'I do not think so, because he did not recognise the Resurrection Stone he turned into a Horcrux. But even if he had known about them, Harry, I doubt that he would have been interested in any except the first. He would not think that he needed the Cloak, and, as for the stone, whom would he want to bring back from the dead? He fears the dead. He does not love.'
(Harry Potter and the Deathly Hallows, Chapter 35: King's Cross)
If Voldemort had any experience --- or even any suspicions --- about the ring's true power and the ease with which it could be activated, then he would not have risked keeping it with him.
The ring represented Voldemort's faded heritage
Although Voldemort was proud of his ancient Peverell heritage and treasured the ring for its link to past family glory, the ring was also a reminder of his more recent ties to the Gaunt family. By the time Voldemort acquired the ring (Half-Blood Prince, Ch.17: A Sluggish Memory), he had lost all respect for his mother, and his encounter with his uncle at the family home did nothing to make him a proud Gaunt. By burying the ring in the ruins of the Gaunt shack, Voldemort may have been symbolically burying his recent family history.
He didn't want to.
In Chapter Twenty-Three of Half-Blood Prince Dumbledore discusses Voldemort's decision to hide the ring in the Gaunt shack (my emphasis):
"Well, as you now know, for many years I have made it my business to discover as much as I can about Voldemort's past life. I have traveled widely, visiting those places he once knew. I stumbled across the ring hidden in the ruin of the Gaunt’s house. It seems that once Voldemort had succeeded in sealing a piece of his soul in side it, he did not want to wear it anymore. He hid it, protected by many powerful enchantments, in the shack where his ancestors had once lived (Morfin having been carted off to Azkaban, of course), never guessing that I might one day take the trouble to visit the ruin, or that I might be keeping an eye open for traces of magical concealment.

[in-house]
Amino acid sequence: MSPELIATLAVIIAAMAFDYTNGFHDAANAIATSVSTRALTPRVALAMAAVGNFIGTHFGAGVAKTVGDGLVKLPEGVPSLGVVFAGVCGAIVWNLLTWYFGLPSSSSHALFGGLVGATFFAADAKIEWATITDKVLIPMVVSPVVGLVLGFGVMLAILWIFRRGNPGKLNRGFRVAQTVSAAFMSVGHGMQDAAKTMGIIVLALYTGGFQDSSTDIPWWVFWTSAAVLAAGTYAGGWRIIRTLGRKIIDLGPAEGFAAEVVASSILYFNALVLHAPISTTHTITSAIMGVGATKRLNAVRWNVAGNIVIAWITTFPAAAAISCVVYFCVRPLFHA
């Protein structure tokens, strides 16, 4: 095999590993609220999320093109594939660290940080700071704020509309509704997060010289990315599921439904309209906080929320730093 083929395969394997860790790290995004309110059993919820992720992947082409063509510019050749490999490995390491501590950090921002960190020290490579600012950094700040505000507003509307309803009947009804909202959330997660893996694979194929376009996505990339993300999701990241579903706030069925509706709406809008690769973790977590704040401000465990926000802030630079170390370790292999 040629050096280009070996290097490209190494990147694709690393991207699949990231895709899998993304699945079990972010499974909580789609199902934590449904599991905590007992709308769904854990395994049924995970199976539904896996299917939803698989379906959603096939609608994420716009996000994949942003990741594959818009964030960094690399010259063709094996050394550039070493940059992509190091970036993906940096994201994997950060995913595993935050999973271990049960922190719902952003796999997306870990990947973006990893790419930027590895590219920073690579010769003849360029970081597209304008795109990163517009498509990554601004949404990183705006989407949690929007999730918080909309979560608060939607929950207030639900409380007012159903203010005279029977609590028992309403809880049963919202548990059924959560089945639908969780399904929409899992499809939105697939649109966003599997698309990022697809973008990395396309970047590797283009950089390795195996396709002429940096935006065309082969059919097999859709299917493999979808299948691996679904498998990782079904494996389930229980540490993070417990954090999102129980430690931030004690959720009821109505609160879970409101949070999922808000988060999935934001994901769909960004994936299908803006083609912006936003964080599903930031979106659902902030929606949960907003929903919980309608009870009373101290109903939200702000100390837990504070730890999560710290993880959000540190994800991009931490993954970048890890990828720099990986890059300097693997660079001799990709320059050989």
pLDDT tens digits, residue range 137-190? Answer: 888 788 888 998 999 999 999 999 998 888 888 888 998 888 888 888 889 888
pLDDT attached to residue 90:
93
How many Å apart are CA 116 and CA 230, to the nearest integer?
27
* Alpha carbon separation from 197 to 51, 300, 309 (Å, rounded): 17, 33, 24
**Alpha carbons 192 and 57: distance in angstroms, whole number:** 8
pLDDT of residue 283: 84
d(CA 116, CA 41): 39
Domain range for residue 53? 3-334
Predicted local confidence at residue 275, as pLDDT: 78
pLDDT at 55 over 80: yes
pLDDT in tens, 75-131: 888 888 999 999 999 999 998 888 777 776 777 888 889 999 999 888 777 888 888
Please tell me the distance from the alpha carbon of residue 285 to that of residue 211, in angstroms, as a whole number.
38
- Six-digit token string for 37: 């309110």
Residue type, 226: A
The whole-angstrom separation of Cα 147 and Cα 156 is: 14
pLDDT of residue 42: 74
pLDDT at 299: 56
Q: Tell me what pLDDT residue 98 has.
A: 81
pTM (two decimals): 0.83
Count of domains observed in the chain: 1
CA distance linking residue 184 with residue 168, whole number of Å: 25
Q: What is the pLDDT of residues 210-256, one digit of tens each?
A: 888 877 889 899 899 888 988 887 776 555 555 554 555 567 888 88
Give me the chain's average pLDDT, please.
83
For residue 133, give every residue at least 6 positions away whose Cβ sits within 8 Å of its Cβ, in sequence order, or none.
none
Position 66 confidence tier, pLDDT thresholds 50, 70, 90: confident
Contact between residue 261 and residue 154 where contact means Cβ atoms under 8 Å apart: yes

Here Dumbledore suggests that Voldemort didn't want to wear it anymore, though he doesn't suggest a reason why Voldemort wouldn't have wanted to wear it. And he also notes that Voldemort thought that the ring would be perfectly safe even if not kept on his person, so to his mind there would have been no need to wear it.
It is perhaps also possible that Voldemort didn't want to keep the ring because it could have attracted too much attention. As per Chapter Seventeen of Half-Blood Prince the Ministry was apparently aware that there was a missing ring connected to the Gaunts:
"So the Ministry called upon Morfin. They did not need to question him, to use Veritaserum or Legilimency. He admitted to the murder on the spot, giving details only the murderer could know. He was proud, he said, to have killed the Muggles, had been awaiting his chance all these years. He handed over his wand, which was proved at once to have been used to kill the Riddles. And he permitted himself to be led off to Azkaban without a fight.
All that disturbed him was the fact that his fathers ring had disappeared. 'He'll kill me for losing it,' he told his captors over and over again. 'He'll kill me for losing his ring.' And that, apparently, was all he ever said again. He lived out the remainder of his life in Azkaban, lamenting the loss of Marvolo's last heirloom, and is buried beside the prison, alongside the other poor souls who have expired within its walls."
At some point Voldemort might have realized that keeping the ring could connect him to the Gaunts and the murders that he had committed. To stay on the safe side he might have then decided to store the ring elsewhere.